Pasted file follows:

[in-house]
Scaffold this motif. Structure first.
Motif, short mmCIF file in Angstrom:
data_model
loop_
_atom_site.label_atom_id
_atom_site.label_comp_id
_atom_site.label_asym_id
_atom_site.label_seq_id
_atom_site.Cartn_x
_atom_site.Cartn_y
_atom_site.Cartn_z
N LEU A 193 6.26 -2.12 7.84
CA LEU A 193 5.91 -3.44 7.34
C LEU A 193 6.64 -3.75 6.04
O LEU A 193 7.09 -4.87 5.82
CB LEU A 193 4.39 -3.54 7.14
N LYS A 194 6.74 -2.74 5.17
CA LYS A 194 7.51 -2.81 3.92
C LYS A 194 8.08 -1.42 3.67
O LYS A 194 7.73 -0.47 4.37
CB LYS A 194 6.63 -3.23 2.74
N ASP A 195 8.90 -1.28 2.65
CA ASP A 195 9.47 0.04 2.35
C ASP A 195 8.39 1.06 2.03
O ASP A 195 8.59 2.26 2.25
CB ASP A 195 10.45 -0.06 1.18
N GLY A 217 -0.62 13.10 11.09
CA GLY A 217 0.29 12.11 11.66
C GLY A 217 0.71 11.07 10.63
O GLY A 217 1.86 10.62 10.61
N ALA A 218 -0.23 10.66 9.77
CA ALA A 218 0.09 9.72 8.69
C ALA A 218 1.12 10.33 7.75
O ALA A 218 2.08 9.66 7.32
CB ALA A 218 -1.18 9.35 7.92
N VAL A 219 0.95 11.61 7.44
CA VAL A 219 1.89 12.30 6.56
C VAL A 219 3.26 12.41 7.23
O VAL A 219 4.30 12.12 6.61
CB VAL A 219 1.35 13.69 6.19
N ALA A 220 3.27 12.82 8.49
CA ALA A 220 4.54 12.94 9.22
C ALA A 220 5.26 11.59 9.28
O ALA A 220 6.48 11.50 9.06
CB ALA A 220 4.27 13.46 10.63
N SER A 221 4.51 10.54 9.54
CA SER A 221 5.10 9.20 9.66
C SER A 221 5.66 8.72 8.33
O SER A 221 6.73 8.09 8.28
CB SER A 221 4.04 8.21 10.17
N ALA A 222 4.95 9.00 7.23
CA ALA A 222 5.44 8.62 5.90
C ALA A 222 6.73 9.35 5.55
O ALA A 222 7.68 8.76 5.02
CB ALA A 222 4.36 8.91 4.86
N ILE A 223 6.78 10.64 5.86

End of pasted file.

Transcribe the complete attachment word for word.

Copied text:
[in-house]
Scaffold this motif. Structure first.
Motif, short mmCIF file in Angstrom:
data_model
loop_
_atom_site.label_atom_id
_atom_site.label_comp_id
_atom_site.label_asym_id
_atom_site.label_seq_id
_atom_site.Cartn_x
_atom_site.Cartn_y
_atom_site.Cartn_z
N LEU A 193 6.26 -2.12 7.84
CA LEU A 193 5.91 -3.44 7.34
C LEU A 193 6.64 -3.75 6.04
O LEU A 193 7.09 -4.87 5.82
CB LEU A 193 4.39 -3.54 7.14
N LYS A 194 6.74 -2.74 5.17
CA LYS A 194 7.51 -2.81 3.92
C LYS A 194 8.08 -1.42 3.67
O LYS A 194 7.73 -0.47 4.37
CB LYS A 194 6.63 -3.23 2.74
N ASP A 195 8.90 -1.28 2.65
CA ASP A 195 9.47 0.04 2.35
C ASP A 195 8.39 1.06 2.03
O ASP A 195 8.59 2.26 2.25
CB ASP A 195 10.45 -0.06 1.18
N GLY A 217 -0.62 13.10 11.09
CA GLY A 217 0.29 12.11 11.66
C GLY A 217 0.71 11.07 10.63
O GLY A 217 1.86 10.62 10.61
N ALA A 218 -0.23 10.66 9.77
CA ALA A 218 0.09 9.72 8.69
C ALA A 218 1.12 10.33 7.75
O ALA A 218 2.08 9.66 7.32
CB ALA A 218 -1.18 9.35 7.92
N VAL A 219 0.95 11.61 7.44
CA VAL A 219 1.89 12.30 6.56
C VAL A 219 3.26 12.41 7.23
O VAL A 219 4.30 12.12 6.61
CB VAL A 219 1.35 13.69 6.19
N ALA A 220 3.27 12.82 8.49
CA ALA A 220 4.54 12.94 9.22
C ALA A 220 5.26 11.59 9.28
O ALA A 220 6.48 11.50 9.06
CB ALA A 220 4.27 13.46 10.63
N SER A 221 4.51 10.54 9.54
CA SER A 221 5.10 9.20 9.66
C SER A 221 5.66 8.72 8.33
O SER A 221 6.73 8.09 8.28
CB SER A 221 4.04 8.21 10.17
N ALA A 222 4.95 9.00 7.23
CA ALA A 222 5.44 8.62 5.90
C ALA A 222 6.73 9.35 5.55
O ALA A 222 7.68 8.76 5.02
CB ALA A 222 4.36 8.91 4.86
N ILE A 223 6.78 10.64 5.86